At the end of the day, we stand by our conclusion that leadership assessments do work. When properly developed, a leadership assessment can be used to identify leadership skills, strengths, and development opportunities. Results can also be used to make inferences about leadership potential and leadership style. Studies have also confirmed that leadership assessments do, in fact, work:
- A study done by Bass and colleagues found that leaders’ scores on transformational and transactional leadership assessments positively predicted the group’s performance[ii]
- A study done by Shane and colleagues found that certain leadership skills and knowledge did account for variance in a leader’s effectiveness[iii]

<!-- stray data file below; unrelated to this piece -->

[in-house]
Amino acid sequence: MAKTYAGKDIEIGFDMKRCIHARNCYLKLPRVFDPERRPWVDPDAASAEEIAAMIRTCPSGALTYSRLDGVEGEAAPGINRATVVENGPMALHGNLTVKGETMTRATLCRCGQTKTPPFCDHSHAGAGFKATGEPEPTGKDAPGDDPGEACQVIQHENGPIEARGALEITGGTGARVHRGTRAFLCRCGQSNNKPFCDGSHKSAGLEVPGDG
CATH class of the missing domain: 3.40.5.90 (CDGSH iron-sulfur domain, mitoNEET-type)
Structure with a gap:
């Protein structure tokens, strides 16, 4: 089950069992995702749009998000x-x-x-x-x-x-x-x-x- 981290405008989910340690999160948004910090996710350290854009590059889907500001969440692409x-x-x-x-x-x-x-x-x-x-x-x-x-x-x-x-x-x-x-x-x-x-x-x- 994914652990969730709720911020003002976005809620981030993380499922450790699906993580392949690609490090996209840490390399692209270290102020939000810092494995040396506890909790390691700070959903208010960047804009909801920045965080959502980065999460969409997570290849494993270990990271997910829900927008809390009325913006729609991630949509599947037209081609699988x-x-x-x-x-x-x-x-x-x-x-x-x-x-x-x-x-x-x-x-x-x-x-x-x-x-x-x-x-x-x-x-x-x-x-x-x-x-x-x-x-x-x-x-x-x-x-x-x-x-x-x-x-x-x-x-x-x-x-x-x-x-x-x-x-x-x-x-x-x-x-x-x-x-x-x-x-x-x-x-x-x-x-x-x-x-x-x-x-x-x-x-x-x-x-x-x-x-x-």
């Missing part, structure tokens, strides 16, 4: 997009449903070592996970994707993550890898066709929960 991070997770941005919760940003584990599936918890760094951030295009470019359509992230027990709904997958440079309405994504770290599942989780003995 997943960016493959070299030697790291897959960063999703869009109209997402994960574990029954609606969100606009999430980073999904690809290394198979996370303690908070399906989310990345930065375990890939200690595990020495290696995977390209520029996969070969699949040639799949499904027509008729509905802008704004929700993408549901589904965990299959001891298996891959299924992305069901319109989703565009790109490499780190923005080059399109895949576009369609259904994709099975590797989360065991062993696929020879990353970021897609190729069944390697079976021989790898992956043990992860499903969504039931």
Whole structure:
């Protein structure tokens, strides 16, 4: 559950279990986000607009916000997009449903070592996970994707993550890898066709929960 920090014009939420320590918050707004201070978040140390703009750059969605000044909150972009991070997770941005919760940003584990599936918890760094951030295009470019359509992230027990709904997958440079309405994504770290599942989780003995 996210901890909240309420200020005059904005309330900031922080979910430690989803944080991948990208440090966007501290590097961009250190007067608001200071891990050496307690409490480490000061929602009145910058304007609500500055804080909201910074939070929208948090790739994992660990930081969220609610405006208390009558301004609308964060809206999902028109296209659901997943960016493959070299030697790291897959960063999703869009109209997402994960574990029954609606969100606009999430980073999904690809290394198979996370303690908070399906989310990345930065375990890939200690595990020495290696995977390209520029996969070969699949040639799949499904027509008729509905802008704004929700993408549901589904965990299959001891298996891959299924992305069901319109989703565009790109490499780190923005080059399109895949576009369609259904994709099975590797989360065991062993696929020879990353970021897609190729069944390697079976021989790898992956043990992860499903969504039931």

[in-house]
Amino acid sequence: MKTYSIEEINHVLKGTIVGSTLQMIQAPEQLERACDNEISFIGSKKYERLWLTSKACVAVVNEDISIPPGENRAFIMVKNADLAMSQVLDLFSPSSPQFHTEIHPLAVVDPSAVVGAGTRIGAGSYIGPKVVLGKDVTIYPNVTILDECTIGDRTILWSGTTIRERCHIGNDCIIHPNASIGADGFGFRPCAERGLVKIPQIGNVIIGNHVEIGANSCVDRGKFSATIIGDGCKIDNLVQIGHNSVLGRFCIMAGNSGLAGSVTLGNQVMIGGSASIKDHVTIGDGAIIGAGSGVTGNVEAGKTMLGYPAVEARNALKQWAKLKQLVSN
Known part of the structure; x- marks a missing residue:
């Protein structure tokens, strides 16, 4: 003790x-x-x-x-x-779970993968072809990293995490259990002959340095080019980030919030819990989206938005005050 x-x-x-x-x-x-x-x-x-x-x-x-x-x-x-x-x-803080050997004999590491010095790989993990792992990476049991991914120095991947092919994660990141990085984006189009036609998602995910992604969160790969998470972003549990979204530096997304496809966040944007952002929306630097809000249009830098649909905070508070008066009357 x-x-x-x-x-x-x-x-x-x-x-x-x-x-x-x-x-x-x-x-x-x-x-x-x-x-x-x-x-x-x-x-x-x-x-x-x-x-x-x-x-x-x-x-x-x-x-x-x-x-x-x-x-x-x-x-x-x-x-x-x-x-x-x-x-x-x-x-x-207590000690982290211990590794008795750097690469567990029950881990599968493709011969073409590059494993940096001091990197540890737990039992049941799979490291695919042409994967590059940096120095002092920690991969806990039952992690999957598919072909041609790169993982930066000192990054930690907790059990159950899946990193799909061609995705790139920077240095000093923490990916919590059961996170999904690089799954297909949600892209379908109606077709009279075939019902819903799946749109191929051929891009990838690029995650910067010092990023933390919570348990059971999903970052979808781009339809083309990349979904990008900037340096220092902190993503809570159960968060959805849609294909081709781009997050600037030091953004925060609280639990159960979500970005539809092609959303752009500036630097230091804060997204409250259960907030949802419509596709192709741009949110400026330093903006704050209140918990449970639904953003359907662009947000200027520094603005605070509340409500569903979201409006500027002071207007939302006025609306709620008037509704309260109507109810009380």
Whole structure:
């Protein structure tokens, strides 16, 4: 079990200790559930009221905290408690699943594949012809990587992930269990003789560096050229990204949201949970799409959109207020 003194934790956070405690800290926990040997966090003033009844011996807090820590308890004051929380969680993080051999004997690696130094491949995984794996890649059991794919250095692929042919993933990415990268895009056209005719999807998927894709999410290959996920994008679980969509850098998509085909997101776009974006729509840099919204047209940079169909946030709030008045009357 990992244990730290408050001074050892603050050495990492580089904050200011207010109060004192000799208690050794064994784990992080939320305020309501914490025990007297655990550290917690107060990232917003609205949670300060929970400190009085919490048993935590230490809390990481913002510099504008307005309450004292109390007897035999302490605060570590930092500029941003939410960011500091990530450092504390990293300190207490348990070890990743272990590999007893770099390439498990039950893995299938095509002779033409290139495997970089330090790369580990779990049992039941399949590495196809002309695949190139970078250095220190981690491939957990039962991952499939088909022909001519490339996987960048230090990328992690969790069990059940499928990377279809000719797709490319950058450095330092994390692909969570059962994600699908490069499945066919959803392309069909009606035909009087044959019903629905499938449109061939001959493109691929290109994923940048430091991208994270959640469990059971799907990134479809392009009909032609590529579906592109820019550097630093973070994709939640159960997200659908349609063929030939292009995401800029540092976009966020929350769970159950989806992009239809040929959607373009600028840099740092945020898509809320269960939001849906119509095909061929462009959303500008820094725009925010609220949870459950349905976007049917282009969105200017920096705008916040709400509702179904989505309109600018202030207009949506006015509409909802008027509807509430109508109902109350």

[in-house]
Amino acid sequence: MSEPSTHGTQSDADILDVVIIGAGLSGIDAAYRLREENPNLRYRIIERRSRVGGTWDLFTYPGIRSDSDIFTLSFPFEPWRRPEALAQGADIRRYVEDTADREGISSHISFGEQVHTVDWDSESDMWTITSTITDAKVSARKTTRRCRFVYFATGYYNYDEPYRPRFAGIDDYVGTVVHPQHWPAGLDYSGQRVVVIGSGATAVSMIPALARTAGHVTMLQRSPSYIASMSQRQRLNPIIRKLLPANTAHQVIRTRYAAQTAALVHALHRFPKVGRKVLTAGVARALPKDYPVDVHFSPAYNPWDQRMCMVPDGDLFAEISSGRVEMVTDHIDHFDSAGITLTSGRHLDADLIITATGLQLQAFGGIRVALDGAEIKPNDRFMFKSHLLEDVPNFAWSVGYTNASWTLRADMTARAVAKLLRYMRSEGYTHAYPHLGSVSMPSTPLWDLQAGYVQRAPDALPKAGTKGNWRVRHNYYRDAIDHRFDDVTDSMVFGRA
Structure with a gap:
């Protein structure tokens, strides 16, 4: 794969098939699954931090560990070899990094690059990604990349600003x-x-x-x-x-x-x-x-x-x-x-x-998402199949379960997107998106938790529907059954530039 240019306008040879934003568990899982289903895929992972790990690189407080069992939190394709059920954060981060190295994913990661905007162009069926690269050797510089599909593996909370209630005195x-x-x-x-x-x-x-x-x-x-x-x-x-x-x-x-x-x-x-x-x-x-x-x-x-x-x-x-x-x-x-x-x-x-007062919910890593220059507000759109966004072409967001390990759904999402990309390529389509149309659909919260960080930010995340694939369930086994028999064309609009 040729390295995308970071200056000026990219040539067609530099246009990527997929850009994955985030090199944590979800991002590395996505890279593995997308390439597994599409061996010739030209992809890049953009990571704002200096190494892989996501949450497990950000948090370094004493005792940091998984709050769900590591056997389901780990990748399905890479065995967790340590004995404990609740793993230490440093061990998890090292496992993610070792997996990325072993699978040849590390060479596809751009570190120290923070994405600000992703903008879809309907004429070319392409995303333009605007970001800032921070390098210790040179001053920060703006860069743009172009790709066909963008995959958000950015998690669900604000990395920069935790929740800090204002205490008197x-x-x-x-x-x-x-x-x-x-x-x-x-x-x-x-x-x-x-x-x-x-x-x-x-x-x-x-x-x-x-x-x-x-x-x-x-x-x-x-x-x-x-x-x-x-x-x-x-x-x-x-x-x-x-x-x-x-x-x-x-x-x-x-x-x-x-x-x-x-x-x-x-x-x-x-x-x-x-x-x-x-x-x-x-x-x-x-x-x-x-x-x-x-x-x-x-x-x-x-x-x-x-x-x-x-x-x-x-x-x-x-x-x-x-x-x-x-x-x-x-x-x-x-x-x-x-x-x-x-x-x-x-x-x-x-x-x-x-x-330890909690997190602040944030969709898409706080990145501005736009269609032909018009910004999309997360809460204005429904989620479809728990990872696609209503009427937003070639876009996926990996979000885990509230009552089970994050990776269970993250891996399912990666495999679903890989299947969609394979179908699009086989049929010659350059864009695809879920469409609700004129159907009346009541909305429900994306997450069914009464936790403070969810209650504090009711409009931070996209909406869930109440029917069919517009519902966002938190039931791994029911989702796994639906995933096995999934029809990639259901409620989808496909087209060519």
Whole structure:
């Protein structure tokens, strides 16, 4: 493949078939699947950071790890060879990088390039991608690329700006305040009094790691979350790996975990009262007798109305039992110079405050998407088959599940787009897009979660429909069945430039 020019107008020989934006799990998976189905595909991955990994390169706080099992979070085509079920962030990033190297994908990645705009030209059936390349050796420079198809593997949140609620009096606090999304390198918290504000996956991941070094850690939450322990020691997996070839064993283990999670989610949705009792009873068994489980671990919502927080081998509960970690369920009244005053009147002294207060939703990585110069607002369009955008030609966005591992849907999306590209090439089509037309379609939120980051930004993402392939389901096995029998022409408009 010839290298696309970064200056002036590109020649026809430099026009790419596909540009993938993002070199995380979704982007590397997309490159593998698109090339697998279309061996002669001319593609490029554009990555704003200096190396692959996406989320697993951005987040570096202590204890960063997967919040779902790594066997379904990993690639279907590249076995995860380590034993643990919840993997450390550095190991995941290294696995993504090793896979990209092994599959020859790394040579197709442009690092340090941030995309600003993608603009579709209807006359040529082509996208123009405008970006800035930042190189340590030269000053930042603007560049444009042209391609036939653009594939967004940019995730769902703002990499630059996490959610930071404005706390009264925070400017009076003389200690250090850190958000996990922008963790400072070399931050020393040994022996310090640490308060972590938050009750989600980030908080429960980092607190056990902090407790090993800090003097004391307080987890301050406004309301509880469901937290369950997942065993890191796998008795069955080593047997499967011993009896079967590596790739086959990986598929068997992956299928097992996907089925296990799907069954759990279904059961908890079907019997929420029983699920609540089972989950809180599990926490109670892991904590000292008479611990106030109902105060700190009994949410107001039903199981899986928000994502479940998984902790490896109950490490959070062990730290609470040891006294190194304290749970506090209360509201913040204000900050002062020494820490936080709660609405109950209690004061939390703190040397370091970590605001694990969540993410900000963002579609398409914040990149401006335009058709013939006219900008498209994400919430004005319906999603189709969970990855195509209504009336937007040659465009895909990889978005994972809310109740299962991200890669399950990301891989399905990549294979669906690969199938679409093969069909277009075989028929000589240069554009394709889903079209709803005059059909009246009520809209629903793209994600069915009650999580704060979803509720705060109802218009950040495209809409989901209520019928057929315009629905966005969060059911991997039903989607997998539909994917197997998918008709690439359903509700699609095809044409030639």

Introducing the LSP-R
If you’re looking for an assessment that works, check out SIGMA’s Leadership Skills Profile – Revised (LSP-R). The LSP-R is a personality-based assessment of leadership skills that can be used to guide leadership development efforts. The test scores individuals on 50 leadership competencies including cognitive, personal, interpersonal, and senior leadership skills. Everyone who takes the LSP-R will automatically receive a Focus Report which includes a summary of scores and analysis of results, as well as templates and activities for creating a personalized development plan.
Looking for More?
If you have questions about the LSP-R, your Focus Report, or leadership assessments in general, please don’t hesitate to reach out to us! Over the last 50 years we’ve worked with more than 8,500 private and public organizations across North America. We’ve got lots of tips and tricks to share, and our consultants are always happy to chat.